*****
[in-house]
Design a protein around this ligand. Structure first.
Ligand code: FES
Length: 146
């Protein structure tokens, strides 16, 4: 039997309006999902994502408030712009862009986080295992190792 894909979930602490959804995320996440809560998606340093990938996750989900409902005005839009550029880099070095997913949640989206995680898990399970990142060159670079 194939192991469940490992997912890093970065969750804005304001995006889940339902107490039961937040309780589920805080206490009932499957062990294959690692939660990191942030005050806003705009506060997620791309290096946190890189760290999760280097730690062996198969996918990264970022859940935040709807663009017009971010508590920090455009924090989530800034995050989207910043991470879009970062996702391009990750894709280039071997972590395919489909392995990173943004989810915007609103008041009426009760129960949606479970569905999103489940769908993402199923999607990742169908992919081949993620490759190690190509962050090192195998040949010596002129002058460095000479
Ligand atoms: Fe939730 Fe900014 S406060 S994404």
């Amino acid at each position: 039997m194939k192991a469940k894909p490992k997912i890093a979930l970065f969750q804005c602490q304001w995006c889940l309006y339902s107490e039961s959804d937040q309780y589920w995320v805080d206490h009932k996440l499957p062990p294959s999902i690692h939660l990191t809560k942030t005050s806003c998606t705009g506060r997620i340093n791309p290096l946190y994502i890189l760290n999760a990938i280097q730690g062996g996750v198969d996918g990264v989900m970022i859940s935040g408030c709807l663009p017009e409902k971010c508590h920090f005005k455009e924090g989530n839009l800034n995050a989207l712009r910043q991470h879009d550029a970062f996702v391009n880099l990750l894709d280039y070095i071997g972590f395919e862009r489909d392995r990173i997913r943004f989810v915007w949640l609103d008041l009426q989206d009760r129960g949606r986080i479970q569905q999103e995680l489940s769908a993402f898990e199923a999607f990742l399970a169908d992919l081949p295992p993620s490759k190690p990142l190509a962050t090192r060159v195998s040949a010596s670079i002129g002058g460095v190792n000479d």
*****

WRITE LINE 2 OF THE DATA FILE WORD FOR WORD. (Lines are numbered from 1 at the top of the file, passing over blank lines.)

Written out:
Design a protein around this ligand. Structure first.